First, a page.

Greetings, Old Boy is a South Korean film from 2003 and was directed by Par Chan-wook. It is based on a manga of the same title and is the second part in the Vengeance trilogy. Old Boy is placed in between Sympathy for Mr Vengeance and Sympathy for Lady Vengeance but I do not believe that these films are connected in terms of an overarching plot. There was also an American version of the movie that was released in 2013, ten years after the original film had come out to audiences. This remake is set in the United States but it received mixed reviews and was criticized for not adding anything new to the 2003 film or not being as entertaining in comparison to it.
The plot is set in Seoul, the capital of South Korea, and begins in the year 1988. It follows the protagonist named Oh Dae-Su, a drunken business man, who is abducted on the streets during his daughters 4th birthday. The film then reveals that Dae-Su is incarcerated in an apartment complex, isolated from any human contact, and is denied any explanation for his imprisonment. He is occasionally gassed with a drug that causes him to pass out and when he wakes up his hair has been cut by his jailors. One day Oh Dae-Su finds out through a television broadcast that his wife had been murdered and the news bulletin pinned him as the prime suspect. With nothing else he can do the protagonist learns to shadowbox, hardening his fists by hitting the wall and attempting to build an escape route out of the apartment. Throughout the years he tries to identify who did this to him and what possessed them to do it.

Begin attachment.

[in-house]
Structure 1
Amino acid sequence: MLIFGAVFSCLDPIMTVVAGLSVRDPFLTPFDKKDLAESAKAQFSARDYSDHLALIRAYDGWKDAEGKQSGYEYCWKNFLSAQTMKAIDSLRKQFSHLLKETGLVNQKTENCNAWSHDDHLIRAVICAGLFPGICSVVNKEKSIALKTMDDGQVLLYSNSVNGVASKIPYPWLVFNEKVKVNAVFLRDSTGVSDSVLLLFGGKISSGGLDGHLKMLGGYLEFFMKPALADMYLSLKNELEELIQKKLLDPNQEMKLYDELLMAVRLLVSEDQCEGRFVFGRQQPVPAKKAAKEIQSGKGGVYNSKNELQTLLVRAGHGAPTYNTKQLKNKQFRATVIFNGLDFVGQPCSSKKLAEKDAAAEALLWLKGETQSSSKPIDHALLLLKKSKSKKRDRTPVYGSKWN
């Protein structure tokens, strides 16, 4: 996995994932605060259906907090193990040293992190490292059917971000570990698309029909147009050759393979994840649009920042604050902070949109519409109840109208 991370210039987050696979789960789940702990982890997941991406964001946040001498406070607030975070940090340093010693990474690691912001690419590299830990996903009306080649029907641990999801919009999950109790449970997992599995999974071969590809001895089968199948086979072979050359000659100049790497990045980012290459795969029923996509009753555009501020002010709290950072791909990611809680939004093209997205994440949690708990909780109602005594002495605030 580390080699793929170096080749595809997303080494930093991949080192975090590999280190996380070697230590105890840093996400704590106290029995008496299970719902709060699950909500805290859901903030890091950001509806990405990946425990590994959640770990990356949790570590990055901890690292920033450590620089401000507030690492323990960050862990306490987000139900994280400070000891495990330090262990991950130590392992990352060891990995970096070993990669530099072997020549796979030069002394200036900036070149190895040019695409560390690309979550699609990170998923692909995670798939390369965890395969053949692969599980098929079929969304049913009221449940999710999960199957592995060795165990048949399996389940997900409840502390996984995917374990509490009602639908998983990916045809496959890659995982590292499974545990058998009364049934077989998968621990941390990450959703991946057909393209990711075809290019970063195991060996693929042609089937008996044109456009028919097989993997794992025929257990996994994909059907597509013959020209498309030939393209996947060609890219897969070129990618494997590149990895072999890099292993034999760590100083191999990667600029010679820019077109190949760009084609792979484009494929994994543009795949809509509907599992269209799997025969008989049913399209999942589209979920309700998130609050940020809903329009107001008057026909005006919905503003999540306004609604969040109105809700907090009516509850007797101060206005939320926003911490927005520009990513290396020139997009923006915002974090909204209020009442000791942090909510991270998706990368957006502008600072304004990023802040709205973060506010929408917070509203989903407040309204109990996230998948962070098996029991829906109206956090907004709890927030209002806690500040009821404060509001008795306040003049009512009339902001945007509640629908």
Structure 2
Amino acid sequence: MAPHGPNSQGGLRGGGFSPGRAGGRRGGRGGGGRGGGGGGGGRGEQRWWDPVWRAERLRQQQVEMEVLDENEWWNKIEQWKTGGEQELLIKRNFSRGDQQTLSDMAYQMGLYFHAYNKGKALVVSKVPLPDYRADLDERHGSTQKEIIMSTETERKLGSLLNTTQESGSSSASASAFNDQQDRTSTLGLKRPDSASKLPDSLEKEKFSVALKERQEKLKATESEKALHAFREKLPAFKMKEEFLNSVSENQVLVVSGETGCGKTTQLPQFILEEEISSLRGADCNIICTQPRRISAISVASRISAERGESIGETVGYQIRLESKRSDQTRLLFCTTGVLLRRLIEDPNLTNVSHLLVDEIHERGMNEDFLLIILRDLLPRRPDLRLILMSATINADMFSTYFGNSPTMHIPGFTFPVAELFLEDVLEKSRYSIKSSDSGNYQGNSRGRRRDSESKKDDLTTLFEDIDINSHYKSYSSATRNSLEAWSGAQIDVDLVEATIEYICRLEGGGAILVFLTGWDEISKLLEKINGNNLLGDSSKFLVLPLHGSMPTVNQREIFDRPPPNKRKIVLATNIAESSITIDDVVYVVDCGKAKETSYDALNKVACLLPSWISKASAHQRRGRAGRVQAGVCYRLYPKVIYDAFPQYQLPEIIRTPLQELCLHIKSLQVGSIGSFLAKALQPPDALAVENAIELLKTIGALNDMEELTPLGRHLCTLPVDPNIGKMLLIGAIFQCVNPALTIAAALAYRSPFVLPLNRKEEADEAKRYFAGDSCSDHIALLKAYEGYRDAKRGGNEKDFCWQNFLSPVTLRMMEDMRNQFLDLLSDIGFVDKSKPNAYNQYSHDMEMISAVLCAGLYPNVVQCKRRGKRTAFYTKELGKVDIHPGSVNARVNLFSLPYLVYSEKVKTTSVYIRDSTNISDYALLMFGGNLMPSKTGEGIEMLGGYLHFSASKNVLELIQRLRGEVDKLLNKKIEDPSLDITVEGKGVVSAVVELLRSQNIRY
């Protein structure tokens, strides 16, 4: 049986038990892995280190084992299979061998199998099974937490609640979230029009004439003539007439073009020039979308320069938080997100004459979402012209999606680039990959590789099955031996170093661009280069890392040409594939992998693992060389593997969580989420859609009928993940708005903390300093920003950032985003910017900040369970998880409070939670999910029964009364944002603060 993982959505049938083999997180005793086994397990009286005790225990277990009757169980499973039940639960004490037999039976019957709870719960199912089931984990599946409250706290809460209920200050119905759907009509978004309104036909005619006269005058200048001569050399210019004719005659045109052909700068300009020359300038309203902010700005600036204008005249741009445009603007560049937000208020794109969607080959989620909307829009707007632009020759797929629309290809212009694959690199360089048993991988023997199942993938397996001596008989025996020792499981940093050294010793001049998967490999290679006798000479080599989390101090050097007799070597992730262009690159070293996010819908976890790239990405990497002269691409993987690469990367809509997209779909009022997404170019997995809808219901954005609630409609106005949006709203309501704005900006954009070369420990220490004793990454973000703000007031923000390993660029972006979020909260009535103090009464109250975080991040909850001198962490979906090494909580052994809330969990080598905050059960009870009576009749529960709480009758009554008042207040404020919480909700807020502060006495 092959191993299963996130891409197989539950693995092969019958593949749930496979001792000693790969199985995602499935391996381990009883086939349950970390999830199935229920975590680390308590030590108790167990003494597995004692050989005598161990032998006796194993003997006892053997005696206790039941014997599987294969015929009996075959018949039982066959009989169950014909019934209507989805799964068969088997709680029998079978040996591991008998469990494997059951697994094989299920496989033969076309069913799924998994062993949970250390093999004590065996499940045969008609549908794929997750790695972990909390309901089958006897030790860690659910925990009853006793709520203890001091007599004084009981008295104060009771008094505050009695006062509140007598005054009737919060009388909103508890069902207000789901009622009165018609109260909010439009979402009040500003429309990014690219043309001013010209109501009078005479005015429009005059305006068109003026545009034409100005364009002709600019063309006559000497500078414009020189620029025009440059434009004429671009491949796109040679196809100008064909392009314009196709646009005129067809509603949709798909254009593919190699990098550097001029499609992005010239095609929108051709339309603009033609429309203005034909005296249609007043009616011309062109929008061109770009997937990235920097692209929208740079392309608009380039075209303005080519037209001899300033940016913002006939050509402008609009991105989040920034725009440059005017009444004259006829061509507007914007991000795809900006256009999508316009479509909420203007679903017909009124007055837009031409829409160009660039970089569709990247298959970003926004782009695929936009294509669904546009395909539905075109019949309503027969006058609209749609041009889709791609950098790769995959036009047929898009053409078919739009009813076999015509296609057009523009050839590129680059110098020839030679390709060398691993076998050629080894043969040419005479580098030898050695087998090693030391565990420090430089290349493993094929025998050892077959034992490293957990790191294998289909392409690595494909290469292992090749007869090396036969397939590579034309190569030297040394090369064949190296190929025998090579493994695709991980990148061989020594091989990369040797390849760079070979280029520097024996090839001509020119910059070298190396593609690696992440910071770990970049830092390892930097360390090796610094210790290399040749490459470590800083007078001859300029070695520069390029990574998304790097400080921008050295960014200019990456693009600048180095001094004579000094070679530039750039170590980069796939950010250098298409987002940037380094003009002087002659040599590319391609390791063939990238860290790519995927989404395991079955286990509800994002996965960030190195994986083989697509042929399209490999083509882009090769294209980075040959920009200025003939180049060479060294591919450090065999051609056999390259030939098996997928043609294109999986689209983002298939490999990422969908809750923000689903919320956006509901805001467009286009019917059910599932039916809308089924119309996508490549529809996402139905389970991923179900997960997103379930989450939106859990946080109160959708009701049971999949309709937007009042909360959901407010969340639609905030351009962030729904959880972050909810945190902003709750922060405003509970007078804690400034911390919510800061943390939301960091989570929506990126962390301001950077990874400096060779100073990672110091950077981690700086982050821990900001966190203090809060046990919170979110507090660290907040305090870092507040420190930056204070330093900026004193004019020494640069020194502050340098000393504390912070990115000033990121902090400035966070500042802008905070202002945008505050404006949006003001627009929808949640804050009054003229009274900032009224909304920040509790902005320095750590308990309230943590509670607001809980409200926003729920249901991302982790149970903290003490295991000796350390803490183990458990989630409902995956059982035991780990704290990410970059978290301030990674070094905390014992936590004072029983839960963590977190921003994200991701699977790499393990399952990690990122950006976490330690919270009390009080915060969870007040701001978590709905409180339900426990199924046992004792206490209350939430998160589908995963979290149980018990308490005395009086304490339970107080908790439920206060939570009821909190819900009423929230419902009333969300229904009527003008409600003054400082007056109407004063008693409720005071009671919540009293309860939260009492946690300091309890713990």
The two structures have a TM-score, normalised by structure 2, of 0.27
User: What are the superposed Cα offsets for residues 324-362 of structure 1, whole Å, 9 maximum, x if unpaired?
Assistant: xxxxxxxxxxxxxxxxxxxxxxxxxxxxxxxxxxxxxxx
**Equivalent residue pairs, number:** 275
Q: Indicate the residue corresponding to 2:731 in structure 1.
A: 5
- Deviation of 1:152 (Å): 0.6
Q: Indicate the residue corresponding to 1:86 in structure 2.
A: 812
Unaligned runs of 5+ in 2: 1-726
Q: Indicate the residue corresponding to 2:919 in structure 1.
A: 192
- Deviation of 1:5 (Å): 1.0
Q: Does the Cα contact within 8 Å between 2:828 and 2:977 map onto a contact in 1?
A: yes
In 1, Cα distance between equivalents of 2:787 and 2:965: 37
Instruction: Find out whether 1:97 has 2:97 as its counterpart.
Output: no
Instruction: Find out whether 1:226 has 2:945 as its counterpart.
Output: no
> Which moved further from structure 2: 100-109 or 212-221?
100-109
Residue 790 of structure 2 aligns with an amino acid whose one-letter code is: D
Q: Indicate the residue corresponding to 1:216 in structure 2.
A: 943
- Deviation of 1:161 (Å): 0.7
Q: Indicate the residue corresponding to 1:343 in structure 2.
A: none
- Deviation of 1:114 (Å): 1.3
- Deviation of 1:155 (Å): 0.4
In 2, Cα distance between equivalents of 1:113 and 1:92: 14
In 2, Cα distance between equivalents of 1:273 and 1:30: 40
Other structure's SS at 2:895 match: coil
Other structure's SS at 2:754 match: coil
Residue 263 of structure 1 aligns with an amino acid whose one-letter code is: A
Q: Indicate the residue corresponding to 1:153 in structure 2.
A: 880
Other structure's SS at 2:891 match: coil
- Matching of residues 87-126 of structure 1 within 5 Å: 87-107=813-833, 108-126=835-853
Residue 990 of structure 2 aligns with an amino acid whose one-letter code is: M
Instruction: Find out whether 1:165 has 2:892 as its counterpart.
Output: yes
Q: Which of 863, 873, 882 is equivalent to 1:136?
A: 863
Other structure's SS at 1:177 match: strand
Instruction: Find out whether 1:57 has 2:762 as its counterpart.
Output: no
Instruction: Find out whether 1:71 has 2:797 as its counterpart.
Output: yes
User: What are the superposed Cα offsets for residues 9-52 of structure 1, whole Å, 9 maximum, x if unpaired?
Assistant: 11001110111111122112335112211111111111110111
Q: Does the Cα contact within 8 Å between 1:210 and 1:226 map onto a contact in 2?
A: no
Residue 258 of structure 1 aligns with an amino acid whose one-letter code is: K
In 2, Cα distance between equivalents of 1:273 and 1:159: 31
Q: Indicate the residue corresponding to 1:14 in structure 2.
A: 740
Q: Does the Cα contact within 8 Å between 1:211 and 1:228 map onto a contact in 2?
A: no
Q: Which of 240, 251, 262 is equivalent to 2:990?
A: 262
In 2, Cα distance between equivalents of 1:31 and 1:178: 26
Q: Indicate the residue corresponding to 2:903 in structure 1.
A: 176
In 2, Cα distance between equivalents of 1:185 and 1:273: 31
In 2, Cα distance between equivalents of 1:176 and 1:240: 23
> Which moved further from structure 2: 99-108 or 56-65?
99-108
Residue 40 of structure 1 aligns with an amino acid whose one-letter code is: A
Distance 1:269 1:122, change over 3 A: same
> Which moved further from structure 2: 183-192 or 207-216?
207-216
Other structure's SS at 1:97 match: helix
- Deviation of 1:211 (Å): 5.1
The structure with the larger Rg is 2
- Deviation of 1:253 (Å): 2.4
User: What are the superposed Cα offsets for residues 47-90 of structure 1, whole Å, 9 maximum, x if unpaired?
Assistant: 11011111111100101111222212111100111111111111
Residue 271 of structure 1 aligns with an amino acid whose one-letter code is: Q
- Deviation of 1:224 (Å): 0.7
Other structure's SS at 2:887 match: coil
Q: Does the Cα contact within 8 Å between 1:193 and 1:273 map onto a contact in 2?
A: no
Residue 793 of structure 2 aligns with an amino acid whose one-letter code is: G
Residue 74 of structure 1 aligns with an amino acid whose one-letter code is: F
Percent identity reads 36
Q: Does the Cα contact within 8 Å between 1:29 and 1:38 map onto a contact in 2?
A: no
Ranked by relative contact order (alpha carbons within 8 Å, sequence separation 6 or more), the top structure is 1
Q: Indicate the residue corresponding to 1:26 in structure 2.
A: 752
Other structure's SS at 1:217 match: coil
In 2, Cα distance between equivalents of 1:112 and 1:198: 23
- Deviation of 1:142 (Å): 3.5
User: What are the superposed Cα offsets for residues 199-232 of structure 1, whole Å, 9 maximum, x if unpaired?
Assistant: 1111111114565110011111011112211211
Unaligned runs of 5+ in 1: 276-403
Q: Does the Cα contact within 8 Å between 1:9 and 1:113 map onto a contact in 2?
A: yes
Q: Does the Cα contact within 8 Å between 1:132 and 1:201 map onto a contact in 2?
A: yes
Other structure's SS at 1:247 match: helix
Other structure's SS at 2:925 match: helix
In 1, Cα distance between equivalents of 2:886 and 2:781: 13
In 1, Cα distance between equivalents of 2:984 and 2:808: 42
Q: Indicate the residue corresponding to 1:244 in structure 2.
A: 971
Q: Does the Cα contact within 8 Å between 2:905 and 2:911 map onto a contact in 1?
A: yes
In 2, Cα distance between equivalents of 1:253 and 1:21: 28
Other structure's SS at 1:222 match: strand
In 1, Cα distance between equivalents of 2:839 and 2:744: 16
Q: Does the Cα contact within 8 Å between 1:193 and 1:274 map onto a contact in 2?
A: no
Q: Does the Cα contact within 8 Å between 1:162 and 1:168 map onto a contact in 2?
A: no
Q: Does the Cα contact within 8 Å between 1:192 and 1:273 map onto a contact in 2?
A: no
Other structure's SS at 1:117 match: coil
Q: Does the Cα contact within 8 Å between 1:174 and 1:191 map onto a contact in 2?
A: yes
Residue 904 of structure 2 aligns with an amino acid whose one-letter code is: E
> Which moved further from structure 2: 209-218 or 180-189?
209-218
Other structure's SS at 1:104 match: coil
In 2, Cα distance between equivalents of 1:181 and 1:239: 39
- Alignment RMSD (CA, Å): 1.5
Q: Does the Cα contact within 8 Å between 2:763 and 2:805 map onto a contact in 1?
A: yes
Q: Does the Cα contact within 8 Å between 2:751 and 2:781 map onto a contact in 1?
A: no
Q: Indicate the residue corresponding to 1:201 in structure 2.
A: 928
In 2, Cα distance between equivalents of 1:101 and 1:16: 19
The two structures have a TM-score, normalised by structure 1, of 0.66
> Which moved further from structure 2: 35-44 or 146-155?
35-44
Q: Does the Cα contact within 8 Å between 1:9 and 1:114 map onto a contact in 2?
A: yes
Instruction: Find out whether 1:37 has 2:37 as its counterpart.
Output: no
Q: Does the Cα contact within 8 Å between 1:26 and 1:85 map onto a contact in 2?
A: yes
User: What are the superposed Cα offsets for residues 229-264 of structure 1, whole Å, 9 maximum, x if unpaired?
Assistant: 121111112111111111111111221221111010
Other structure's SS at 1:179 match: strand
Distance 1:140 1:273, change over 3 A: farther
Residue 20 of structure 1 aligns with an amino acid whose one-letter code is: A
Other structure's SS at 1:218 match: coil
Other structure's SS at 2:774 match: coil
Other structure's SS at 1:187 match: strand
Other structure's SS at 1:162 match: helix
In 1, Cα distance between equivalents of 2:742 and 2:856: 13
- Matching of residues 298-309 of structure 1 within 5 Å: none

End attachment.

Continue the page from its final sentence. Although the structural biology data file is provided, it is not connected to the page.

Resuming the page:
15 years after his capture, Oh Dae-Su finds himself in trapped in a box after being drugged by the gas again. He manages to break free and realizes that he is on top of a roof top and dressed in a fashionable suit. Dae-Su receives a call from a mobile phone that had been given to him before he had woken up. The person on the other side of the phone taunts him about his imprisonment and the mystery behind it. The caller is revealed to be the villain who had him locked away for more than a decade but when Dae-Su begins to question the antagonist he receives no answers. Later on Oh Dae-Su goes to a sushi restaurant where he falls unconscious and wakes up in a different apartment. A young female chef, named Mi-Do, took him into her home after he had collapsed in front of her at the restaurant. The two begin to fall for each other as they try to unravel the mystery behind who framed Oh Dae-Su for his wife’s murder, who imprisoned him and why.
Overall, I found the film to be very entertaining with a memorable soundtrack composed by Jo Yeong-wook. The music complements the film very well as it enhances the atmosphere in certain scenes and gives personality to the characters, especially the villain’s theme which gives him a sophisticated demeanour. It certainly had a good balance between humorous scenes, violent fights and outright disturbing moments towards the end of the movie. I generally didn’t know where the film was going to go but I was entertained the whole way through. It was a surprising shock when the plot unravelled and once the plot twist was revealed. I really enjoyed this film and would encourage you to watch it if you haven’t already done so.
Quote of the Day
Patience isn't my strongest suit.
X-Men: Days of Future Past
The Hobbit: The Battle of the Five Armies